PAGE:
Companies can future-proof their workforces by employing people with dyslexia, new research has claimed.
In a report published Monday, consultancy EY used data from the World Economic Forum (WEF) and charity Made By Dyslexia to outline how dyslexic people's skills aligned with the skills that would be required in the workplaces of the future.
Referencing the WEF's prediction of which skills would be the most in-demand by 2022, EY's report highlighted how certain capabilities were becoming more and less useful to employers amid the rise of automation.
The need for processing and manual capabilities like time management, reading, math and active listening were on the decline, according to the report. Meanwhile, creative and social skills such as leadership, analytical thinking and technology design were increasingly in demand.
The report's authors also highlighted a slew of capabilities and skills typically seen in people with dyslexia that would be vital to all industries by the year 2022.
They included leadership, social influence, creativity, initiative and idea generation.
"Overall, our analysis shows that competencies for a significant number of jobs in the workplace that dyslexic individuals may typically find challenging will largely be impacted by forms of automation," the report's authors said.
"In their place, enhanced tasks and new jobs will be created that match closely to the strengths of dyslexic thinking. Dyslexia could provide an opportunity for organizations to bridge the skills gap of the future."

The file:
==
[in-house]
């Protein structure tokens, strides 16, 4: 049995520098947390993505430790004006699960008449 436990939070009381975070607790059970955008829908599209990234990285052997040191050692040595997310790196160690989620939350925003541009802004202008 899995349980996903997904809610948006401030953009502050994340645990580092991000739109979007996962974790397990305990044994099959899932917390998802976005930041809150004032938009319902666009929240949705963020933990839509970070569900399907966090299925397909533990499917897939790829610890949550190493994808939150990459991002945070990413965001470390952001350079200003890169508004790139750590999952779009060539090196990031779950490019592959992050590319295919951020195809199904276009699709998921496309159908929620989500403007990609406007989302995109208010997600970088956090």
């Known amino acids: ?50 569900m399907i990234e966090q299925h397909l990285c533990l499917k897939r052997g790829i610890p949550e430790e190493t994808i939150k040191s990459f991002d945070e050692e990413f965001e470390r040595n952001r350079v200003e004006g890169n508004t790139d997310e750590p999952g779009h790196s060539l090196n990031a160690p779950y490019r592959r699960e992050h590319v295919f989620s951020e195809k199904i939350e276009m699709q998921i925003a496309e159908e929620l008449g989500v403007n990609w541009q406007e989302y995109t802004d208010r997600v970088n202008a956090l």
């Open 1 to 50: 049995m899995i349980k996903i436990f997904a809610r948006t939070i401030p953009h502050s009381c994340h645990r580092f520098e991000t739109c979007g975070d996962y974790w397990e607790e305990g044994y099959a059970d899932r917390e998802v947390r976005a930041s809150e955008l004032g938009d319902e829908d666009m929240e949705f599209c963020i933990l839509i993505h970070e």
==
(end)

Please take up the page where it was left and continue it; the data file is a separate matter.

The report urged companies to take several steps to tap into the skillset of people with dyslexia, encouraging employers to "develop a neurodiverse capability that understands varying cognitive profiles."
"The alignment of automation, culture and neurodiversity could be the key to unlocking the value of dyslexia and the future organization," EY researchers said.
They called on CEOs and business leaders to share best practice and insight to capture the value of dyslexia, invest in clear automation and people strategies, and seek to create a neurodiverse workforce "that's fit for the future."
Neurodiversity refers to the different ways in which people's brains work and interpret information.
Commenting on the suggestions made by EY, Steve Hatch, vice president of Northern Europe at Facebook, said companies needed to support and celebrate workers who had alternative ways of thinking.
"Dyslexic thinkers are often able to see connections that others may miss and create narratives that can simplify complex products or tasks," he said in the report. "For organizations to successfully adapt, thrive and access these dyslexic strengths, there needs to be support for and celebration of a change and growth mindset. This mindset is a skill in itself and can often be more important than specific areas of experience."
"The skills companies need are evolving fast with a much greater focus now on empathy, creative thinking, innovative problem solving and being able to communicate and build relationships across multiple networks," added Laura Powell, global head of human resources for retail banking and wealth management at HSBC. "These are all areas that dyslexic people are known to excel at."
Meanwhile Jenny Lay-Flurrie, chief accessibility officer at Microsoft, told EY that people with dyslexia bring "invaluable expertise and strengths to every organization."
Earlier this month, billionaire Richard Branson credited dyslexia for some of his success as an entrepreneur, noting that people with the condition possessed the "skills of the future."
"My dyslexia has shaped Virgin right from the very beginning and imagination has been the key to many of our successes," he said in a blog post. "It helped me think big but keep our messages simple. The business world often gets caught up in facts and figures — and while the details and data are important, the ability to dream, conceptualise and innovate is what sets the successful and the unsuccessful apart."